• Keep her surroundings and routine the same. If you have to make changes, do it gradually.
  • Make things simple, and avoid situations where she has to make decisions.
  • Describe the events of the day to her. Remind her of the date, day, time, place, etc. And repeat the names of the people she sees often.
  • Put large labels (with words or pictures) on drawers and shelves so she’ll know what’s in or on them.
  • If she doesn't seem to understand something you’ve said, use simpler words or sentences.
  • Make sure she takes her medicines on schedule.
  • Be patient and supportive.

Losing cherished memories is one of the hardest parts of Alzheimer's disease. Some medicines may help slow down symptoms. There are also some ways to help your loved one hold on to the things they do remember.

  • Use notes, lists, and memos to remind your mother of her daily tasks.
  • Keep photos of family members and friends where she can see them. Label them with names if you need to. Get her to talk about the people or the hobbies she used to enjoy.
  • Make sure she gets enough sleep.
  • Encourage her to read, do puzzles, write, or do other things that keep her mind active. But if she gets frustrated, don’t push her to keep going.

Some people think ginkgo, an herb used in some traditional medicines, can help with Alzheimer’s. Although it cannot cure the disease, some studies suggest that it can improve cognitive function in older adults with early-stage dementia. It might do this by improving blood flow to the brain, fighting inflammation, helping prevent the buildup of plaque, and regulating neurotransmitters such as dopamine. However, more research is needed to be sure.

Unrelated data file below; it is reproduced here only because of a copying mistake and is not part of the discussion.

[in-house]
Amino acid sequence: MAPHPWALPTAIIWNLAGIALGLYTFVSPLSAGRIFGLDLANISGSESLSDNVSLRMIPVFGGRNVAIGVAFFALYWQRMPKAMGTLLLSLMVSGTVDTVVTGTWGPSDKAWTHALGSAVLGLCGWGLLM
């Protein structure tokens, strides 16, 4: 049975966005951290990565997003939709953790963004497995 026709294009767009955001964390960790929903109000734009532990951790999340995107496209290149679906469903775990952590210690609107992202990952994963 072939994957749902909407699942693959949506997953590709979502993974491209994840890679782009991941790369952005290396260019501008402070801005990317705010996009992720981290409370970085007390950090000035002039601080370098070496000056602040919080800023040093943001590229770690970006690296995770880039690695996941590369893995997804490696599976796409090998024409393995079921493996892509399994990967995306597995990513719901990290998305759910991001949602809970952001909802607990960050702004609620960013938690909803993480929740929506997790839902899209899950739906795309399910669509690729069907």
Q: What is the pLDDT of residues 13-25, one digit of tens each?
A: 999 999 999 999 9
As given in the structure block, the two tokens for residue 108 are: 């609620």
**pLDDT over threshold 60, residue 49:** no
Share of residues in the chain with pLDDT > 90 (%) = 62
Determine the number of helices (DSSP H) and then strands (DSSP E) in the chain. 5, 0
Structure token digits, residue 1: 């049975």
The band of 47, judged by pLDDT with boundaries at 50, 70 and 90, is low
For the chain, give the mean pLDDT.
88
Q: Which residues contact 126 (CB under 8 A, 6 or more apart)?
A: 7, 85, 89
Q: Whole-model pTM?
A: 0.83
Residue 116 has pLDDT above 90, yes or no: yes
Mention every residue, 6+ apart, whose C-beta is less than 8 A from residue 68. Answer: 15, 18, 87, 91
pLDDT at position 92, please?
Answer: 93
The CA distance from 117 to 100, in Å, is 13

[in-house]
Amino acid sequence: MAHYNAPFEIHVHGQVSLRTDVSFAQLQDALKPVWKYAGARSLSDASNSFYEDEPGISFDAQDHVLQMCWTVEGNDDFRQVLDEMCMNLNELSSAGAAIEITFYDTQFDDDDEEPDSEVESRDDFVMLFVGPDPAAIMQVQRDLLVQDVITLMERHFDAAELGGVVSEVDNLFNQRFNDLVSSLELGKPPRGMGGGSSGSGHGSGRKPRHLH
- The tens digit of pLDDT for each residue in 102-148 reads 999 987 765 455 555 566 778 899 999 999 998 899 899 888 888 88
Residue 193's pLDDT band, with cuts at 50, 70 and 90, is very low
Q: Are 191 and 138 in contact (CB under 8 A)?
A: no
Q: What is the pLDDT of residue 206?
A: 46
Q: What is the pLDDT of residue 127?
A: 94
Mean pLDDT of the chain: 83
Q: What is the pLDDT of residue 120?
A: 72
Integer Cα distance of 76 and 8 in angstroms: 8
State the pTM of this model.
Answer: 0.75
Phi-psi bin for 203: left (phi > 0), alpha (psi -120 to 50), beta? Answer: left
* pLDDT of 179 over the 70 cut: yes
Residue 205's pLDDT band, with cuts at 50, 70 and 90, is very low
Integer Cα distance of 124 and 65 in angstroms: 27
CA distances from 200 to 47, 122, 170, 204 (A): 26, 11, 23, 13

Talk with your doctor before starting any herbal supplement. This can help prevent unwanted side effects and interactions with medications.

Yes. Exercise improves strength and endurance and keeps their heart healthy. It can also give your loved one more energy and improve their mood and sleep. Physical activity also helps people with Alzheimer's keep up their motor skills and balance, which can help them avoid serious injuries from falls. It can make their brain work better, too.

The type of exercise that’s right for your loved one depends on how much the disease affects them. Someone in the early stages of the disease may enjoy walking, bowling, dancing, golf, and swimming. As the disease gets worse, they may need easier activities and more supervision. Talk to their doctor before they start any exercise program.